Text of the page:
Executive Summary:

Microsoft continues the trend of introducing robust, secure mobile functionality for the enterprise with System Center Mobile Device Manager (MDM) 2008. MDM lets large companies take fuller advantage of Windows Mobile 6.1 devices, and brings a higher level of security for Microsoft Exchange Server 2007 mobile messaging capabilities.



Although mobile messaging has been around in one form or another for many years, it seems that Microsoft only started taking it seriously with the release of Exchange Server 2003 SP2. SP2 featured a whole slew of new capabilities for organizations that wanted to use mobile messaging, and things got better from there. Exchange Server 2007 introduced even more improvements, and Microsoft even threw in a bunch of new mobile device security settings in Exchange Server 2007 SP1. Continuing the trend, Microsoft has recently released System Center Mobile Device Manager (MDM) 2008.

What Is Mobile Device Manager?

The best way to understand how MDM works is to compare it to Microsoft Internet Security and Acceleration Server (ISA Server). As you probably know, ISA Server is a completely separate product from Exchange. Exchange can function without ISA Server, and ISA Server can function without Exchange. Even so, ISA Server was designed specifically with Exchange in mind, and because it's Exchange aware, it can provide Exchange with better security than most other firewall products can.

MDM works similarly; it isn't an Exchange-specific add-on, but if you're using Exchange's mobile messaging capabilities, MDM can help you be more secure. It's designed to let large, enterprise-class organizations provision, manage, apply group policies to, and deploy software to Windows Mobile 6.1 devices.

Mobile Device Manager Architecture

MDM has three primary components: the Mobile Device Management Server, the Enrollment Server, and the Gateway Server. As Figure 1 shows, the MDM setup program lets you install each of these options separately. Technically, you can install each of these server roles on a common server, but I would recommend doing so only in a lab environment. In a real-world deployment, you need to host these roles on separate servers for security and performance reasons.

The Mobile Device Management Server

The Mobile Device Management Server is the heart and soul of MDM. This is the server from which all your mobile devices receive policies and software deployments. If a mobile device is on the mobile network, the device will use a cellular or Wi-Fi link to connect to an IPsec VPN, which in turn connects the device to the Mobile Device Management Server. If the device is connected to the corporate network using a Wi-Fi connection, the device doesn't bother using a VPN connection; rather, it communicates directly with the Mobile Device Management Server directly.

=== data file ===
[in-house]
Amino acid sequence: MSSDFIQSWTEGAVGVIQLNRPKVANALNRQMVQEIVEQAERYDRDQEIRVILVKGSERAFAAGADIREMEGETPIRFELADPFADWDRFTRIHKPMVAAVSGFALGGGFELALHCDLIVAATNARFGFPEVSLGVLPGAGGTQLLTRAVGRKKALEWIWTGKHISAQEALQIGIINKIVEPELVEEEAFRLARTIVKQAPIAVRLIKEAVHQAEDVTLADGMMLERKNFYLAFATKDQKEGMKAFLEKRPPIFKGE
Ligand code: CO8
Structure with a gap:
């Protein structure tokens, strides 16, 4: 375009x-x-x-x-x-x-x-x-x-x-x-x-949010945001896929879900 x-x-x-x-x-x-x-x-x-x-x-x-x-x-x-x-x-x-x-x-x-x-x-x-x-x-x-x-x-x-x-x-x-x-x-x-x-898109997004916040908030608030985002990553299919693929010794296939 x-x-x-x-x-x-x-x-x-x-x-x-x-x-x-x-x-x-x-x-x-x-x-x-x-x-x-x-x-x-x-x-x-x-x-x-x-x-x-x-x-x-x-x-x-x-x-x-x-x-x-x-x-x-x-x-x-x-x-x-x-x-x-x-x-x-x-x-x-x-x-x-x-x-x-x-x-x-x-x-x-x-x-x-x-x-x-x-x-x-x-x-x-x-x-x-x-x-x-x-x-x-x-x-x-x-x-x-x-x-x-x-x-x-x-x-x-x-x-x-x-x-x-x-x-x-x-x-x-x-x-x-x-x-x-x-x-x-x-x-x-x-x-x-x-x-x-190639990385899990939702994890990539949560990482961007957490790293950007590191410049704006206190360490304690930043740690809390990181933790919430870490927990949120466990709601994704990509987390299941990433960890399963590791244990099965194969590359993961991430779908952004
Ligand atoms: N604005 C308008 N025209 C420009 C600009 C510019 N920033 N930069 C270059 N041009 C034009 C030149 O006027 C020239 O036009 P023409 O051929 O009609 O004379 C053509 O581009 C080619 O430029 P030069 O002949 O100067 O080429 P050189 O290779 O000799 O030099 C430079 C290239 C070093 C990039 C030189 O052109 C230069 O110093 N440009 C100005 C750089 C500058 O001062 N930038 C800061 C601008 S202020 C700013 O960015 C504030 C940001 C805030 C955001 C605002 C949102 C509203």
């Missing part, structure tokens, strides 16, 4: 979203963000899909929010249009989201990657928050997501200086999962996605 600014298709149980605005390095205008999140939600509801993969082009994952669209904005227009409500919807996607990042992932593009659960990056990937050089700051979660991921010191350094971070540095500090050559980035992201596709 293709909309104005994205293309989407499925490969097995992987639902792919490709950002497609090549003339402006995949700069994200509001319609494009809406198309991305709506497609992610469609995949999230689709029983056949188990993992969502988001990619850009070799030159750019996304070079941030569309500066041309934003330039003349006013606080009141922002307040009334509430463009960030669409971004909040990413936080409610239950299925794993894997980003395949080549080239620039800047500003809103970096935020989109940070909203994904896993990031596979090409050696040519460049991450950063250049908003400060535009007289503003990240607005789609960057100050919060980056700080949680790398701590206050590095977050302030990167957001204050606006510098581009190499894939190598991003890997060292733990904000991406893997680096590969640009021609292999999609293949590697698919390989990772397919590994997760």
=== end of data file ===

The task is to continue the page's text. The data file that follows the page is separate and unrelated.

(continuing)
Policy Management

Although many of the policies that you can apply with MDM are the same types available through Exchange Server 2007 SP1 (to which Microsoft added a few dozen new mobile device policy settings), policy management is completely different. MDM actually joins Windows Mobile 6.1 devices to a domain and applies the policies through Group Policy Objects (GPOs).

One of the nice things about managing mobile devices in this way is that your mobile device security policies mirror your Active Directory (AD) structure. For example, if you have multiple organizational units (OUs) in place for various departments within your company, you can create a separate set of mobile-device-related GPOs for each OU. This ability gives you granular control over how mobile devices are used. For example, you might allow the executives in your company—and maybe even the IT staff—to have full, unrestricted access to all of the mobile device’s features. However, you might want to prevent the people in the sales department from connecting to the Internet using Wi-Fi. The ability to apply separate group policy settings to various OUs lets you accomplish this level of security fairly easily.

If you're familiar with the GPOs that are built into Windows Server by default, then you know that few (if any) are related to mobile devices. So where do all of these new group policy settings come from? Well, if you look back at Figure 1, you'll notice that the splash screen contains an option for configuring AD for MDM. It's this configuration process that makes the new group policy template settings available.

Group policies can't be applied unless a mobile device has been joined to a domain. Currently, Windows Mobile 6.1 is the only version of Windows Mobile that is capable of being joined to a domain, and is therefore the only version of Windows Mobile that you can manage through MDM.

Software Deployment

The other primary function of the Mobile Device Management Server is its ability to deploy applications to mobile devices. In case you're wondering, MDM accomplishes this by using Windows Server Update Services (WSUS) as a back-end component. In fact, Microsoft requires you to install WSUS 3.0 SP1 before you install MDM.

If you have ever installed WSUS before, you know that it's dependent on SQL Server. The Mobile Device Management Server requires a SQL Server back end for both WSUS and for the mobile-device-related data that it collects. Although you can piggyback off of an existing SQL Server instance (assuming that it has the performance capacity), Microsoft recommends using a dedicated SQL Server instance for your Mobile Device Management Server.